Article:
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China Daily Global / 2020-11 / 20 / Page014


By Xu Fan | China Daily Global | Updated: 2020-11-20 00:00

Drawing inspiration from last year's hit documentary, director Wang Yu is back with a new focus exploring traditional Chinese culture and its impact on modern trends, Xu Fan reports.

To lead a life of seclusion as a monk, Hanshan bade farewell to his wife and children, and trekked more than 1,500 kilometers from the prosperous capital city of Chang'an-now known as Xi'an in Shaanxi province-to Tiantai Mountain in Zhejiang province during the Tang Dynasty (618-907).

From then on, the man of mystery lived the rest of his life in a cave, pondering questions about Zen Buddhism and writing poems. Interestingly, Hanshan's poems are more popular overseas in the English-speaking world than domestically.

Chinese poet Liu Jun, better known by his pen name Xi Chuan, elaborates this lesser known story in the documentary Master Class. Alongside folk singer-songwriter Chen Li, the duo travel across the country to trace the origins of Tang Dynasty poetry, ranging from those penned by famous masters such as Li Bai and Wang Wei to underrated figures such as Hanshan.

Also a translator with profound knowledge of Western culture and literature, Liu says American writer Jack Kerouac's 1958 novel The Dharma Bums was dedicated to Hanshan. The novel has also influenced many famous people including Bob Dylan.

A Sino-US work coproduced by China Intercontinental Communication Center and Discovery Channel, the six-episode Master Class is now available on streaming site Tencent Video, scoring 7.8 points out of 10 on popular online review platform Douban.

Director Wang Yu says the documentary was inspired from last year's documentary hit It's Bread, It's Air, It's a Miracle, in which viewers were able to experience Japanese lifestyle and cultural legacies through the eyes of Liu, Chen and actor Xia Yu, traveling around Japan eating local food and interviewing craftspeople.

With Wang and his team looking for new ideas to attract more viewers, last year's production made them realize that a combined production of filming travels and interviews may help effectively visualize China's traditional culture and its impact on future generations.

After shooting the documentary in more than 10 Chinese cities in the provinces of Shaanxi, Gansu and Yunnan as well as the Tibet autonomous region, Liu and the crew traveled to George Town in Malaysia to attend a literature festival, and followed artist Xu Bing to Jakarta in Indonesia to document his first solo exhibition in Southeast Asia.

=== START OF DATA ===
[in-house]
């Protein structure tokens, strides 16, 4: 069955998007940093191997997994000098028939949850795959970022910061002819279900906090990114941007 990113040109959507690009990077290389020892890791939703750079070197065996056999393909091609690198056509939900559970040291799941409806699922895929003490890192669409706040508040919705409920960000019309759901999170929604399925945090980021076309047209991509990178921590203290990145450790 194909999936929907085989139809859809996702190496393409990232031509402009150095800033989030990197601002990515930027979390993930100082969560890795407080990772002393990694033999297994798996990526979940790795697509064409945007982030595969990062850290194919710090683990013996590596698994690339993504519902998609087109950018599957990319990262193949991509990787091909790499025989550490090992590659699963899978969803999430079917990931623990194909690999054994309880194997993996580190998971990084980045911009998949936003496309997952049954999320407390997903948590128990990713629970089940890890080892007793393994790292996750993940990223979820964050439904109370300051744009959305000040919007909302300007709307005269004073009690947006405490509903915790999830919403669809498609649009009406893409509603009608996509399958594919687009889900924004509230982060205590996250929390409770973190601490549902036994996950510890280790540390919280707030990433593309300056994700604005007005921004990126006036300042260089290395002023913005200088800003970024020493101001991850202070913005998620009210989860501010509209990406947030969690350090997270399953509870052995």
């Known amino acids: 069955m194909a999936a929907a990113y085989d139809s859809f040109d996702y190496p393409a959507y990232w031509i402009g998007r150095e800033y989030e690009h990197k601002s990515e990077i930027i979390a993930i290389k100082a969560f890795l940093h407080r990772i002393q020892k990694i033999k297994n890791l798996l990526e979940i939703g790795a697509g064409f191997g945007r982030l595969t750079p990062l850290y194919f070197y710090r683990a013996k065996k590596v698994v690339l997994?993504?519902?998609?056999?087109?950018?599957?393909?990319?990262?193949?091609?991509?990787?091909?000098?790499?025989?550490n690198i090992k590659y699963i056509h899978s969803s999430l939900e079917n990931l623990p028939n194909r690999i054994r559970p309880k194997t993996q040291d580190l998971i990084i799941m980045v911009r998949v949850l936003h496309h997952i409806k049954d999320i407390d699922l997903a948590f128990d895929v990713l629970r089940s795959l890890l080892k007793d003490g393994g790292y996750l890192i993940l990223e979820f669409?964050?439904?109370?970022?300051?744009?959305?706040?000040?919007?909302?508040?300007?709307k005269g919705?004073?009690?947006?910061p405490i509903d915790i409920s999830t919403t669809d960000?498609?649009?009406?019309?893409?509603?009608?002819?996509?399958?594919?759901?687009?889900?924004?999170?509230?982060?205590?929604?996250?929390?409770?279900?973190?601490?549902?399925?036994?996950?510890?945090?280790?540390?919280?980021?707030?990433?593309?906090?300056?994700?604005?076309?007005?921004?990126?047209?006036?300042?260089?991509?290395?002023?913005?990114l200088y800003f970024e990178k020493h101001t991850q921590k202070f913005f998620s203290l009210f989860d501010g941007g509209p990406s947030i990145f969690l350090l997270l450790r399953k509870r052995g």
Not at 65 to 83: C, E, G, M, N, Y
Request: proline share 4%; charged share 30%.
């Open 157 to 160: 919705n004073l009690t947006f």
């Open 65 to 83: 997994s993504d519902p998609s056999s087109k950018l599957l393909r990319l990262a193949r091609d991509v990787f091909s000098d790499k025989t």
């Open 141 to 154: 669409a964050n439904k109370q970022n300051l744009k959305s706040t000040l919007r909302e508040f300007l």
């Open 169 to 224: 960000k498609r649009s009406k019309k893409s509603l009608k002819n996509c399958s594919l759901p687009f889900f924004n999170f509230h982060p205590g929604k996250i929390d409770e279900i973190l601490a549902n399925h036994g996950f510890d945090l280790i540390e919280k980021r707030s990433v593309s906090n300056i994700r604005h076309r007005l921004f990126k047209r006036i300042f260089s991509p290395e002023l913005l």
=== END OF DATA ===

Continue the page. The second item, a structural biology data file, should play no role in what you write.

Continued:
The entire filming period lasted 65 days, giving Wang and his crew members new insights into some aspects of China's centuries-old culture. Viewers are able to have a deeper understanding of martial arts, landscape paintings, 24 solar terms, architecture and garden design through the series.

"Traditional culture is not something old and outdated," Wang says. "Instead, they have enduring charm to provide guidelines for modern lifestyles and artistic creations, and may also generate new fashion trends."

For instance, in the second episode about kung fu, Chinese American choreographer Franklin Yu follows action film star Frankie Chan to visit prestigious Wing Chun master Duncan Leung to seek inspiration for his dance works.

In the episode about the 24 solar terms, the relationship between the Chinese calendar and seasonal food is explored, with award-winning chef Su Qisheng going to Sichuan and Yunnan provinces to find the best seasonal ingredients to localize molecular gastronomy, a cooking style emerging from the West.

With bamboo shoots from Sichuan, black truffles and rushan (or milk fan) cheese from Yunnan, Su creates a dish shaped like a resting panda, fulfilling his wish to use a molecular gastronomy cooking technique to showcase the complex Chinese culture.

On another episode featuring landscape paintings, photographer Zhang Kechun treks to remote snowy mountains, using cameras and lighting to create epic photos which look like living landscape paintings.

The documentary has been aired in 40 countries and regions in Asia-Pacific on Discovery Channel, and will soon be aired in more regions overseas.


An episode of the new documentary, Master Class, features landscape paintings. Photographer Zhang Kechun treks to remote snowy mountains, using cameras and lighting to create photos, which look like living landscape paintings. CHINA DAILY



Award-winning chef Su Qisheng creates a dish shaped like a resting panda with bamboo shoots from Sichuan, black truffles and rushan (or milk fan) cheese from Yunnan. CHINA DAILY



Chinese poet Liu Jun (left), better known by his pen name Xi Chuan, and folk singer-songwriter Chen Li explore the influence of Tang Dynasty's poetry. CHINA DAILY



A Sino-US coproduction, the six-episode Master Class is available on streaming site Tencent Video. CHINA DAILY



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